Directed by Jon Favreau
Produced by Avi Arad & Kevin Feige
Written by Mark Fergus, Hawk Ostby, Art Marcum, Matt Holloway & John August
Starring Robert Downey Jr.
Music by Ramin Djawadi
Cinematography Matthew Libatique
Editing by Dan Lebental
Studio Marvel Studios
Distributed by Paramount Pictures
Release date May 2, 2008
Running time 125 minutes
Country United States
I didn’t get around to seeing Iron Man when it came out in 2008. This wasn’t my fault though, as I remember that I really wanted to see. The only reason I didn’t go was because Priscilla didn’t want to go and see ‘another stupid superhero movie’. I could have gone to see it on my own, but where is the fun in that?!
Iron Man is more of an anti-hero than a true hero. In the comic books he is a heavy drinker whose indirect actions caused the death of Captain America. I don’t really think that he has a very memorable rogue’s gallery like Spider-man or the Fantastic Four but he has been the head of the heroic Avengers team during his career.
One thing that surprised me about the Iron Man film was just how little screen time Iron Man was given. Instead the film focussed on his alter-ego Tony Stark, who was only in his suit of armour for about ten to fifteen minutes. Still that is not to say that this is a bad move, as the origin story is perhaps more fascinating than just seeing two costumed characters beat the snot out of each other.
Robert Downey Jr. plays Tony Stark but he really doesn’t stretch his acting ability here. He basically is playing himself but that works in this case (whereas it didn’t in the awful Sherlock Holmes!). Gwyneth Paltrow plays Stark’s harried assistant Pepper Potts while Jeff Bridges plays the villain Stane.
Overall the film is pretty good. It is not as entertaining as the current DC Comics Batman franchise but it is the best of the Marvel Comics films to have been released so far, with the exception of the first Spider-man film.
Directed by Lee Sholem
Produced by Barney A. Sarecky
Written by Richard Fielding
Starring George Reeves & Phyllis Coates
Music by Darrell Calker & Walter Greene
Cinematography Clark Ramsey
Editing by Albrecht Joseph
Distributed by Lippert Pictures Inc.
Release date(s) November 23, 1951
Running time 58 min.
Country United States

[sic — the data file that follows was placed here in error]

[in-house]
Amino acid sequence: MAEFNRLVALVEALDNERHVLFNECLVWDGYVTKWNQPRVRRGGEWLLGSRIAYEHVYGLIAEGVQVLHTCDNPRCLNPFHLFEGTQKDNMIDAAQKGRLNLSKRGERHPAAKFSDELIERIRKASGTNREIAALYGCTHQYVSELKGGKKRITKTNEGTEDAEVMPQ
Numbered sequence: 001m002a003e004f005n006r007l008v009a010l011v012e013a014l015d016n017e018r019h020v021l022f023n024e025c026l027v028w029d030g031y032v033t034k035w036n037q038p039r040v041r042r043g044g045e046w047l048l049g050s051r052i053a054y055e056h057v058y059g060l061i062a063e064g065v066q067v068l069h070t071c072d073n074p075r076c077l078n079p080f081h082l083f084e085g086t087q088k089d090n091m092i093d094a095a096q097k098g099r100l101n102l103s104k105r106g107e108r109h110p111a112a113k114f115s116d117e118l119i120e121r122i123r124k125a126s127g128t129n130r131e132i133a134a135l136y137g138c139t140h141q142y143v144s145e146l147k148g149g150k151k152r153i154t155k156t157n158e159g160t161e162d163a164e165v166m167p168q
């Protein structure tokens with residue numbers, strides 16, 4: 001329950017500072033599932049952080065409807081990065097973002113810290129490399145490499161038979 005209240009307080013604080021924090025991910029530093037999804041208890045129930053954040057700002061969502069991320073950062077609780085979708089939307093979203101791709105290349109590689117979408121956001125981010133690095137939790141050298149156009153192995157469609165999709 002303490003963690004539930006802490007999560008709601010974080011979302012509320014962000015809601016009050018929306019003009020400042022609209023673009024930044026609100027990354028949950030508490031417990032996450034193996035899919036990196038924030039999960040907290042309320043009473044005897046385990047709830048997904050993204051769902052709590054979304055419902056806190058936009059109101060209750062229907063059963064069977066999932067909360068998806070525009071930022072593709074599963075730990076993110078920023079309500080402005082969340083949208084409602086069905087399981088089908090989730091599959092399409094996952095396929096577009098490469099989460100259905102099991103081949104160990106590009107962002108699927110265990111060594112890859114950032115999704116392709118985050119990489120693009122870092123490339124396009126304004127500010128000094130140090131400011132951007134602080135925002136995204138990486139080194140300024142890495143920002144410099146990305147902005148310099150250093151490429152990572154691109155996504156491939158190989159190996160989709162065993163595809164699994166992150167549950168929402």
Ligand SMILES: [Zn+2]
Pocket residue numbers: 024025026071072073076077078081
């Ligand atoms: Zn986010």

I love the old Superman TV show of the 1950s. I remember getting up early to watch this show, as well as the Three Stooges, The Thunderbirds and Rocky & Bullwinkle as a kid. The show still holds up pretty well today despite the dodgy special effects.
Superman Meets The Mole People was a theatrically released B movie and introduced George Reeves as Superman and Phyllis Coates as Lois Lane. It was later edited into two half hour episodes for the first season of the TV show.
The film is perhaps not as good as the TV show that followed it. Perhaps this is because it does not feature the familiar “Is it a bird…” introduction that the TV show has, or because we do not see Jimmy Olsen (Jack Larsen) and Perry White (John Hamilton). Maybe it’s because we don’t really see all that much of the ‘man of steel’, as like in the TV show Clark Kent has a bigger role than Superman. This is much more noticeable in a sixty minute feature film than it is in a half hour TV show episode.
This film itself deals with similar themes as the film The Day The Earth Stood Still, in that the small town of Silsby is whipped up into hysteria when some small mole human hybrid creatures are spotted. The townspeople (and Lois’) first reaction is that the mole people are horribly ugly and thus must be destroyed but as ever Superman provides a voice of reason. The mob leader Corrigan also does not seem all that bright, as he tries to shoot Superman on three separate occasions. You’d think that after seeing bullets ricochet off him the first time he would have given up trying.
The mole people themselves look really creepy. They look like bald-headed little people with John Howard-esque eyebrows. After one of them is shot by the townspeople they try to gain revenge by using their Electrolux vacuum cleaner/laser gun. This shows just how dodgy the special effects were, just like in the scene where Superman flies up to save one of the mole people who has been shot and is falling from the top of a dam that he is on for some inexplicable reason. The flying is ‘animated’ and looks really dodgy. Still I could point out all of the flaws of this low-budget B-grade film but that does not mean that it is not entertaining. The film is enjoyable if only for the previously mentioned dodginess and the warm performance of George Reeves as Clark Kent/Superman.